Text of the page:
Remote international medical teaching in North Korea
Taehoon Kim and Taeyoung Kim are the Co-Founders of DoDaum, a non-profit organisation focused on health, education, and development programmes in North Korea. James Zuckerman is an Assistant Professor of Obstetrics, Gynecology and Reproductive Biology at Harvard Medical School.
The Online Medical Education Program (OMEP) is the product of a deliberate partnership between the North Korean Ministry of Education, DoDaum (a non-governmental organisation), Pyongyang Medical University (PMU), and Kim Il Sung Hospital to address the urgent need to improve the nation’s medical education systems. In Pyongyang in September 2016, the programme launched for physicians, public health specialists and nurse practitioners from three out of nine provinces in the nation. During this period, prerecorded video lectures served as training modules for topics including infectious diseases, health economics, epidemiology, and community health. In total, seven courses and 92 video lectures were prepared and delivered via an online web portal to 35 students. Students logged onto the portal to view their lectures, assignments, and even took some of their exams for the courses online. Participating students voiced positive sentiments upon deployment and nearly 55% of students responded that they wished to engage in live, interactive video teleconference lectures with educators from overseas.
In November 2017, 15 North Korean physicians and ten public health professionals connected with foreign educators from around the globe in virtual classrooms – the first time in history that any of the 25 million private citizens of the country has been provided authorisation to communicate with foreigners via the internet. By May of 2018, this programme is anticipated to cover over 30 courses taught by 35 faculty members from the USA, Canada, Denmark, and the UK for 80 students from diverse provinces across North Korea. Upon successful implementation and monitoring of these programmes, the Ministry of Education is set to begin a broader academic exchange programme, significantly expanding the regions of the world where North Korean health professionals can perform research and receive training.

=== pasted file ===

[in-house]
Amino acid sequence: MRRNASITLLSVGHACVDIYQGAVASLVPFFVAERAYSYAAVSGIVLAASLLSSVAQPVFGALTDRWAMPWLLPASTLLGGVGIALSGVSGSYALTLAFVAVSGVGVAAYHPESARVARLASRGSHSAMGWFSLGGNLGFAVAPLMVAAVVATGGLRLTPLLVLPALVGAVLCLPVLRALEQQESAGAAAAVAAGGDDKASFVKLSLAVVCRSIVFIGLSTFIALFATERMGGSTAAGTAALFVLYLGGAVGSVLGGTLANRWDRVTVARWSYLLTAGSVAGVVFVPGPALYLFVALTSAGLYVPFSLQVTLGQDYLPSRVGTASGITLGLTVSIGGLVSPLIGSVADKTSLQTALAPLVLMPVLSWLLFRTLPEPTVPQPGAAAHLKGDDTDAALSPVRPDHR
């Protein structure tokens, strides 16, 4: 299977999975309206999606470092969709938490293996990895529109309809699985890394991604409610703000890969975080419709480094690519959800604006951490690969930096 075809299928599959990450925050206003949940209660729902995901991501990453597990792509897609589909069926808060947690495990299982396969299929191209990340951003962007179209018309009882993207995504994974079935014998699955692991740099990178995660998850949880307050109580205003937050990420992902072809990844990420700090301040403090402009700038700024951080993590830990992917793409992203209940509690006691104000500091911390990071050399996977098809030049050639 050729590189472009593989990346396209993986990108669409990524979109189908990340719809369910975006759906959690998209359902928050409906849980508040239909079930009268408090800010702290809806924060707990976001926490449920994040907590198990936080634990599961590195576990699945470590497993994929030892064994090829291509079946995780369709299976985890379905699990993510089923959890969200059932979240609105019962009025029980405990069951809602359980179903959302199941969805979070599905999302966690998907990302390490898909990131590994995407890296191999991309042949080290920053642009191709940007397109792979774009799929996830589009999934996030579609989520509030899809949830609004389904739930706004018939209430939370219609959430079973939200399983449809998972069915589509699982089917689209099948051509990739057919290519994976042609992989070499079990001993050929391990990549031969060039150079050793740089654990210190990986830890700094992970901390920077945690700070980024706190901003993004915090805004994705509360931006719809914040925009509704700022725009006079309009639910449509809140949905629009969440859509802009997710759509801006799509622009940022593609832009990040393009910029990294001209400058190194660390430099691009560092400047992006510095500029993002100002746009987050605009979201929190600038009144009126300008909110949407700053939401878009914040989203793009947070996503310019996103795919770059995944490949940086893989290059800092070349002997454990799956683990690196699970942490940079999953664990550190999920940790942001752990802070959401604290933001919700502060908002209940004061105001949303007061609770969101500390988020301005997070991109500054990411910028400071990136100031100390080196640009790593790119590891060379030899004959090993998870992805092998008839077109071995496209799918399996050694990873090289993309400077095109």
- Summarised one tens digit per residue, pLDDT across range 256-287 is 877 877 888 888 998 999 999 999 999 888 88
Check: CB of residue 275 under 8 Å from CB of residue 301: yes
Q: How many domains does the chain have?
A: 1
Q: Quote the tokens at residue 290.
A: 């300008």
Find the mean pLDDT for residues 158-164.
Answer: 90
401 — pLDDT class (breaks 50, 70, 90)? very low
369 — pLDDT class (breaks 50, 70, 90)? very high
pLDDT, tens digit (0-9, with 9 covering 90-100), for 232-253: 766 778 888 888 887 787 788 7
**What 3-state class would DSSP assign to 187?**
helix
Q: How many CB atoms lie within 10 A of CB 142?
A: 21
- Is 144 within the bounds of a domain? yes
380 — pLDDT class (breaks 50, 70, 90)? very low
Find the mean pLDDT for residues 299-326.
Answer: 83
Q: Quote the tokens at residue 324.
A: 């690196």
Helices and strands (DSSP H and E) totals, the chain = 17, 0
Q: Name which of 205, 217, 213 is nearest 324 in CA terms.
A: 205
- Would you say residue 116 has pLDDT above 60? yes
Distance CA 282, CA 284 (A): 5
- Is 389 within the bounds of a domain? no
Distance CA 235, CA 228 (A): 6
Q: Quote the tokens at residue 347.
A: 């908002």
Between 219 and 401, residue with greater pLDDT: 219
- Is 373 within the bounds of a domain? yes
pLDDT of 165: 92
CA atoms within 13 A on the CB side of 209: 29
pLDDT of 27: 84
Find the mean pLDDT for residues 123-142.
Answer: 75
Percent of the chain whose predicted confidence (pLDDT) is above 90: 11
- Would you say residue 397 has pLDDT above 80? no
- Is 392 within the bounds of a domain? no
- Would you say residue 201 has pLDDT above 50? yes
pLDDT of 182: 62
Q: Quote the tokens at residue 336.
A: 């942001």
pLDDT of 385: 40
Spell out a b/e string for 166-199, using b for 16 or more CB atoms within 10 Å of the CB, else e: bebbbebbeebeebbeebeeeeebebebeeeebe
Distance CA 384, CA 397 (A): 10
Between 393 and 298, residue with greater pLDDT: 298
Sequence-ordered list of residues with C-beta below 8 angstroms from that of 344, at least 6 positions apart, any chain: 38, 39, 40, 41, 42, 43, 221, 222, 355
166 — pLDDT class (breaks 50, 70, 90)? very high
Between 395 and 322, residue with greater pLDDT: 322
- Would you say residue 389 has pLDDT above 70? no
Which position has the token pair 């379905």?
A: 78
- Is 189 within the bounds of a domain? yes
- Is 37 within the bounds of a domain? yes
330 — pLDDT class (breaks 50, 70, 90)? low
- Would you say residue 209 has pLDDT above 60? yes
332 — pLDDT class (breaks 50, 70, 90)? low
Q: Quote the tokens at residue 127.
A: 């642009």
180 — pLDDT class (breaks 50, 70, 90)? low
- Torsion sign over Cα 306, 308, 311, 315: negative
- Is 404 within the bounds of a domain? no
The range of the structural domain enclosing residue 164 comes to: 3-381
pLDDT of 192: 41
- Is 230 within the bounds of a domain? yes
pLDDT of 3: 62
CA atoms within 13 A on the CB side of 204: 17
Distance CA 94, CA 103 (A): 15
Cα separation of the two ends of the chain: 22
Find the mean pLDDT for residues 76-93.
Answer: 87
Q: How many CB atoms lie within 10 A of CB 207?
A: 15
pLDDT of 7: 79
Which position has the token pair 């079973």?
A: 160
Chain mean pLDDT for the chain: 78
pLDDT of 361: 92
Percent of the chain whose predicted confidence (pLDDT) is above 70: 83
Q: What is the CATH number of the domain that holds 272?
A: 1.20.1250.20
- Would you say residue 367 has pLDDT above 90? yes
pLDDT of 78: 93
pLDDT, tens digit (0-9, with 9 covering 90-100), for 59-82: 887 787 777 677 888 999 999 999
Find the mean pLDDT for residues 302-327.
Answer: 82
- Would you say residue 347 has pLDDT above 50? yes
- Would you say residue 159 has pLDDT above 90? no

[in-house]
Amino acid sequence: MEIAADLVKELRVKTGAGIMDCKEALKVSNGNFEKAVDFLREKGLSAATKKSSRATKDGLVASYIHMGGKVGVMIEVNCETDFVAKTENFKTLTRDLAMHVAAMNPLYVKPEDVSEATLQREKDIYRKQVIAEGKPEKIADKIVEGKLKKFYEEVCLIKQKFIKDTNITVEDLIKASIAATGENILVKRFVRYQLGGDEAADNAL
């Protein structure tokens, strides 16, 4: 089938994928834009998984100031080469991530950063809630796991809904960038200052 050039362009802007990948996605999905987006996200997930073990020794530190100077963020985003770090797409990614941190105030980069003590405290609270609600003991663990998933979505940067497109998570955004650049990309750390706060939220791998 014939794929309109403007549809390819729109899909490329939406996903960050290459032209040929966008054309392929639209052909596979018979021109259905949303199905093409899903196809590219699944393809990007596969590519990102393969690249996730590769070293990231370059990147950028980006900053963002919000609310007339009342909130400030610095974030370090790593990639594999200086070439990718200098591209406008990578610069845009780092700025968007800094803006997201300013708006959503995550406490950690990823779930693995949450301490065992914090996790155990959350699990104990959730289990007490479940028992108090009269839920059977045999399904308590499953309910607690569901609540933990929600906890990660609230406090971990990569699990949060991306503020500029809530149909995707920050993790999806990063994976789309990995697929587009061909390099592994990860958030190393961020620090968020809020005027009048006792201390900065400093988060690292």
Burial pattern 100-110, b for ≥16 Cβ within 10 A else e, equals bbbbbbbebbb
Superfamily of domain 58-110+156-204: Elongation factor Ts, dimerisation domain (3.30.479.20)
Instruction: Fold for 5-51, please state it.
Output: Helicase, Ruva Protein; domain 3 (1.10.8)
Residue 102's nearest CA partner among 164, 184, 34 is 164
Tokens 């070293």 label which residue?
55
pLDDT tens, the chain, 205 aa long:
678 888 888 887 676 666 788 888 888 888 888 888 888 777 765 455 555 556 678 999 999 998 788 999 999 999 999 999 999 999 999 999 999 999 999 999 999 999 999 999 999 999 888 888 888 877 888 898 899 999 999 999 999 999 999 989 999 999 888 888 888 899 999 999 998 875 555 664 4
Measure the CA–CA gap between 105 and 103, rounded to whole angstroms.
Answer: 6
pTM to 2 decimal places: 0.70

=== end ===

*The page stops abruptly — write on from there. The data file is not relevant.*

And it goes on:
OMEP has significant implications for North Korea’s health-care services. As health professionals return to their provinces of origin, they will seek to apply their lessons and curb the threat of public health issues, ranging from multidrug-resistant tuberculosis and malnutrition to hepatitis that are ravaging rural regions of the country. In this vein, public health trainees have voiced desires to create new systems of care delivery and revamp outdated programmes. For instance, a student in the programme remarked, “…my goal is to create an extensive telecommunications platform, much like Skype, to connect health professionals and patients across the country” to facilitate treatment support and improve clinical outcomes for patients from low-access regions. While the programme is still in its exploratory stage, this student’s vision captures the initiative’s significant potential to not just revolutionise the nation’s clinical services but also encourage a shift in social and cultural mores regarding the role of technology in medicine, from one of mere novelty to one of vital function.
This programme faces some limitations. First, given the small cohort, it remains to be seen how scalable the initiative will be as the programme begins to cover more students across the country. Second, current educational resources will need to be revamped to better reflect the real conditions of health and health-care services in North Korea. This will be approached through case-based discussions and role-play so that the education can better equip students to apply their new knowledge.
Two events that have occurred in the past 6 months illustrate the inevitable influence of geopolitics on humanitarian aid to North Korea. In September, the travel ban to North Korea disrupted existing humanitarian programmes and channels, many of which have taken years to develop and implement. Since March, there has been thawing of geopolitical tension with the possibility of even a Trump-Kim meeting in May, spurring talks of reconciliation and rapprochement. Such tenuous dynamics have hampered sustainable, long-term efforts at humanitarian assistance to North Korea. This telehealth model of education may perhaps serve as one of the few sustainable paradigms for circumventing the ebbs and flows of such geopolitical morass.